Eventually, the matter was picked up by a women’s support foundation from Ukraine who brought professional hackers on board. The camera feed was studied day and night to find anything to shed light on the location.
In the end, a frame depicting a 1-liter juice box sold only in Estonia proved decisive – the box of Aura cranberry juice gave the investigators the lead they needed.
The house in Tallinn’s Kadriorg district was identified using IP addresses, image processing and map solutions. Next, activists turned to the Estonian gender equality commissioner and police.
Leading detective with the North Prefecture’s criminal bureau Ardo Ranne confirmed that the police received a report of violence from abroad in April.
Police: no one was forced
“Our operatives went to the apartment and spoke to the two married couples who were there at the time. The couples from Ukraine and Belarus assured us that they are living in the view of the cameras voluntarily and have given permission for their lives, including sex lives, to be filmed round the clock. To spice things up, the couples stage violence and violent sex in the course of which no one has been hurt. Police officers were convinced no one was being forced to act against their will,” Ranne said.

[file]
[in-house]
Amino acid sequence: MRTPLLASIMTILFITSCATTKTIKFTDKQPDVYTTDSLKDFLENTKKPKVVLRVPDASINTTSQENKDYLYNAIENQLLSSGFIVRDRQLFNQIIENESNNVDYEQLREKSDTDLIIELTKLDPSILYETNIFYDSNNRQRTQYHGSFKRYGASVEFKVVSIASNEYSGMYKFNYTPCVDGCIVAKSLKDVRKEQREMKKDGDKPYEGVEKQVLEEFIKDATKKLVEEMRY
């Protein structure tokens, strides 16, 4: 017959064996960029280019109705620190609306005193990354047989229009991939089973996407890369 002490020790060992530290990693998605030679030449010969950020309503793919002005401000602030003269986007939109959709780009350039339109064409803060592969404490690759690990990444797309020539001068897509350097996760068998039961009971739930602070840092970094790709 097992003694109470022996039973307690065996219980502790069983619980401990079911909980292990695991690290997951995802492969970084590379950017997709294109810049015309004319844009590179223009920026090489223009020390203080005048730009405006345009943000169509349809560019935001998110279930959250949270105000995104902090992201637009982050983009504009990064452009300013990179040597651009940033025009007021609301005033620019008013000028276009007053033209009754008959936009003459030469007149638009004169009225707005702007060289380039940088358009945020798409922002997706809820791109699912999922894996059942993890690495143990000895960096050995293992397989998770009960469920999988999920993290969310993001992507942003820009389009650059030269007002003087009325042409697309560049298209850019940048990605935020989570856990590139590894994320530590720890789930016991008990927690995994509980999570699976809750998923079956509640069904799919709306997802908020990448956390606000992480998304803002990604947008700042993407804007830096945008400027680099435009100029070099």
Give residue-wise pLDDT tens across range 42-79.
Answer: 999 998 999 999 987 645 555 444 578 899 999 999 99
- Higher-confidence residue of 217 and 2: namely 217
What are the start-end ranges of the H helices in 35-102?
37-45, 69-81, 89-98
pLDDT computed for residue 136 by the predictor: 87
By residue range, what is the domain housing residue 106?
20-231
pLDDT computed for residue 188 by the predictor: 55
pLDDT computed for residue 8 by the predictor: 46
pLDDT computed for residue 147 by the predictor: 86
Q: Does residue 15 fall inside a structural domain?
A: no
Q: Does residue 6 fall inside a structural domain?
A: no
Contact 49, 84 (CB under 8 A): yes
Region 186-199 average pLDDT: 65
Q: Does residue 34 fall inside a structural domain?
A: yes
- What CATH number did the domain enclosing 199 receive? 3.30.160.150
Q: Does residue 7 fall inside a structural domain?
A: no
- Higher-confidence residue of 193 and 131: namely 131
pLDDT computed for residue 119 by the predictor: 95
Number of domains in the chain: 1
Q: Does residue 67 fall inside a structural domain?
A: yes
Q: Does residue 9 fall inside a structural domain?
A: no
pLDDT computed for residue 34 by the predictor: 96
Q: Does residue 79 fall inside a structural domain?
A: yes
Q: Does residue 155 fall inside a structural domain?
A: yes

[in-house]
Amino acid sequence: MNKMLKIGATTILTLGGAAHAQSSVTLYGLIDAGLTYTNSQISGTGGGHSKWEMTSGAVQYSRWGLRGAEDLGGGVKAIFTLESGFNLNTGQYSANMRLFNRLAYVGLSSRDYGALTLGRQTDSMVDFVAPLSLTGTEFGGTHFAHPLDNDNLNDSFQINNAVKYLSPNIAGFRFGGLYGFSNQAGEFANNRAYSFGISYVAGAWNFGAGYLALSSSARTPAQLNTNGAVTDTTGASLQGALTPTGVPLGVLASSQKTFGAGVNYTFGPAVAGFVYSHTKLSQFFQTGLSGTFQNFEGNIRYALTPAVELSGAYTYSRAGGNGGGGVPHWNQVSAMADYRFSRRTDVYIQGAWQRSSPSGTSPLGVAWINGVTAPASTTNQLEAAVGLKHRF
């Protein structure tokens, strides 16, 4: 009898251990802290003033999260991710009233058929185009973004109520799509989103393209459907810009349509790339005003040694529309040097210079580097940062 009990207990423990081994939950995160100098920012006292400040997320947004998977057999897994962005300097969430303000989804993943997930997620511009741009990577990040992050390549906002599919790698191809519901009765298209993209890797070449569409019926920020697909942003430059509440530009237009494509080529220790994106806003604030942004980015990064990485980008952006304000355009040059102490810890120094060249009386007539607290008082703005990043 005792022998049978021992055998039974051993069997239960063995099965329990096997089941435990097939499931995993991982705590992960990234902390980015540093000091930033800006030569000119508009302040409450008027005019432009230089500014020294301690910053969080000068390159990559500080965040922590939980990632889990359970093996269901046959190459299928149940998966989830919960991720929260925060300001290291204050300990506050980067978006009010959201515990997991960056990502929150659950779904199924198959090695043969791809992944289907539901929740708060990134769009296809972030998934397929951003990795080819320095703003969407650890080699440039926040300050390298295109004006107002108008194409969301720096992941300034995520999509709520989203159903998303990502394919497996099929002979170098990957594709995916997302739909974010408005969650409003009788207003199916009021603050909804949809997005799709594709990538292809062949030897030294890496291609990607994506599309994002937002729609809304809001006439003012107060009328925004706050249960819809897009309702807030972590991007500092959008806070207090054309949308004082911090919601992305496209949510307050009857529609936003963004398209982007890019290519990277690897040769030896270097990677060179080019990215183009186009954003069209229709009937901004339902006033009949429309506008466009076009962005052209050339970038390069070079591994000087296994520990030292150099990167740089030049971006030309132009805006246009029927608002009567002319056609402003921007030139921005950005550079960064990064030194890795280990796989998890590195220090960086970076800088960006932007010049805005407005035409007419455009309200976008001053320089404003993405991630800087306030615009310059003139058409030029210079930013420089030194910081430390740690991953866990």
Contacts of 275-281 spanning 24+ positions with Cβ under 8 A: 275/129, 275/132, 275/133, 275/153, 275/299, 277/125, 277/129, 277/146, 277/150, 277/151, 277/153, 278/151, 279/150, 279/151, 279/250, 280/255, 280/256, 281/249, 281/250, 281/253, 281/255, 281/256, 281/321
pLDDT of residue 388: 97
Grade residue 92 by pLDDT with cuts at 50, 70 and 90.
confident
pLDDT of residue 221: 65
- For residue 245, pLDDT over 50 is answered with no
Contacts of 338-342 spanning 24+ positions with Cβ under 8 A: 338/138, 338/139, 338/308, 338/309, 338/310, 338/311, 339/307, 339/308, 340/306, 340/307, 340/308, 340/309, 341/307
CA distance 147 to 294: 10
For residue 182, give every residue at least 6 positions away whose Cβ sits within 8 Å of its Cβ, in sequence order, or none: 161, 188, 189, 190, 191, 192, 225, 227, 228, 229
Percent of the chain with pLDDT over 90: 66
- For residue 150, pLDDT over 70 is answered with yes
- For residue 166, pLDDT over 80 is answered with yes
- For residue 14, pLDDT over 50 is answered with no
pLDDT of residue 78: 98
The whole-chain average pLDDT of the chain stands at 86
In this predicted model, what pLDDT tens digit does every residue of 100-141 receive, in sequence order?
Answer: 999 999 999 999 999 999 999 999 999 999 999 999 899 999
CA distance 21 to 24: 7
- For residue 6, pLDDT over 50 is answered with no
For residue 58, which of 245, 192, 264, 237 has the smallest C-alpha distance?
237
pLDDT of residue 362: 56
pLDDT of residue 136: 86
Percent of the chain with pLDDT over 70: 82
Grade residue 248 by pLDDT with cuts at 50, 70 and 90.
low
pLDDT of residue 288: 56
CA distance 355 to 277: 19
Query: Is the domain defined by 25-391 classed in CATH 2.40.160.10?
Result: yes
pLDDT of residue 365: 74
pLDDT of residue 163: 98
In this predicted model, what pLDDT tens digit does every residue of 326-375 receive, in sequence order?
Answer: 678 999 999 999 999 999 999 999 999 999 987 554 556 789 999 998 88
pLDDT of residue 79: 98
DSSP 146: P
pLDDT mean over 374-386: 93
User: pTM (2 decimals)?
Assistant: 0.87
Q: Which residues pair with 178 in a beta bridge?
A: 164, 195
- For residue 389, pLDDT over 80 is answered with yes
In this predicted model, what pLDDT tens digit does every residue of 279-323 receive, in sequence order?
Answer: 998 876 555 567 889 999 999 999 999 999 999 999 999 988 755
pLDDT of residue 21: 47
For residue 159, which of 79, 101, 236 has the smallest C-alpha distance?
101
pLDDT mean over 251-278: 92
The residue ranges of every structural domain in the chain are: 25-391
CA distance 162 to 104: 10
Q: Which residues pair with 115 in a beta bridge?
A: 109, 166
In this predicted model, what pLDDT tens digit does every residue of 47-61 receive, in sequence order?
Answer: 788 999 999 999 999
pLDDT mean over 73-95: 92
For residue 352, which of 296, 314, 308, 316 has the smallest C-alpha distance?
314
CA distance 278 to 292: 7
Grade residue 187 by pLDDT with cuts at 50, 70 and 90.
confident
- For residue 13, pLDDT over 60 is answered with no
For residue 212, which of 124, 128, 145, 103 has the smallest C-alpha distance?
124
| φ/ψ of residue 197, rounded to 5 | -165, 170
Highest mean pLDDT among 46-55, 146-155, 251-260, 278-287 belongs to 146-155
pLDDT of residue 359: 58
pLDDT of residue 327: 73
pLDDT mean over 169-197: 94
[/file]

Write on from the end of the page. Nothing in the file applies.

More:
This did not cool the enthusiasm of activists. It is likely the porn business in Tallinn came to an end following forum posts on 2ch.hk that had for a long time kept tabs on porn stars brought to Estonia and finally revealed their identities and location in Estonia. Modern face recognition software was employed.
Postimees online wrote about an online porn industry having been set up in the Fahle House for the first time on the same day.